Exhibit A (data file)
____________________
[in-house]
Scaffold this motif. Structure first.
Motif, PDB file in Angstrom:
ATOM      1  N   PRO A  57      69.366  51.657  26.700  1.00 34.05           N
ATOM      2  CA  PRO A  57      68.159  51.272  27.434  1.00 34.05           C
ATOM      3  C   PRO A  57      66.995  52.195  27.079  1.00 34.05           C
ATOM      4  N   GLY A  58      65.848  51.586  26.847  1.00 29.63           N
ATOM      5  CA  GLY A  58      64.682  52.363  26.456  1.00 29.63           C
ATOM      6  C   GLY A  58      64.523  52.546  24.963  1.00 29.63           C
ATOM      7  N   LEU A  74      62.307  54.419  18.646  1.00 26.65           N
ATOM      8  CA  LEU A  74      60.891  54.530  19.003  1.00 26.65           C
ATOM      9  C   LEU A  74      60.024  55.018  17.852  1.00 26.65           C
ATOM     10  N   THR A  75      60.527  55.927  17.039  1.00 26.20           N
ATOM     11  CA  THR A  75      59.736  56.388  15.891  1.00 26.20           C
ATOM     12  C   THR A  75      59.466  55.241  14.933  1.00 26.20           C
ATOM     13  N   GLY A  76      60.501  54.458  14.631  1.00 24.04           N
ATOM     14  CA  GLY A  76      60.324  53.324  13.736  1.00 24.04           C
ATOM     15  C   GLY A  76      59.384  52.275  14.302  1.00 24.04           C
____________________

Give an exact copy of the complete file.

[in-house]
Scaffold this motif. Structure first.
Motif, PDB file in Angstrom:
ATOM      1  N   PRO A  57      69.366  51.657  26.700  1.00 34.05           N
ATOM      2  CA  PRO A  57      68.159  51.272  27.434  1.00 34.05           C
ATOM      3  C   PRO A  57      66.995  52.195  27.079  1.00 34.05           C
ATOM      4  N   GLY A  58      65.848  51.586  26.847  1.00 29.63           N
ATOM      5  CA  GLY A  58      64.682  52.363  26.456  1.00 29.63           C
ATOM      6  C   GLY A  58      64.523  52.546  24.963  1.00 29.63           C
ATOM      7  N   LEU A  74      62.307  54.419  18.646  1.00 26.65           N
ATOM      8  CA  LEU A  74      60.891  54.530  19.003  1.00 26.65           C
ATOM      9  C   LEU A  74      60.024  55.018  17.852  1.00 26.65           C
ATOM     10  N   THR A  75      60.527  55.927  17.039  1.00 26.20           N
ATOM     11  CA  THR A  75      59.736  56.388  15.891  1.00 26.20           C
ATOM     12  C   THR A  75      59.466  55.241  14.933  1.00 26.20           C
ATOM     13  N   GLY A  76      60.501  54.458  14.631  1.00 24.04           N
ATOM     14  CA  GLY A  76      60.324  53.324  13.736  1.00 24.04           C
ATOM     15  C   GLY A  76      59.384  52.275  14.302  1.00 24.04           C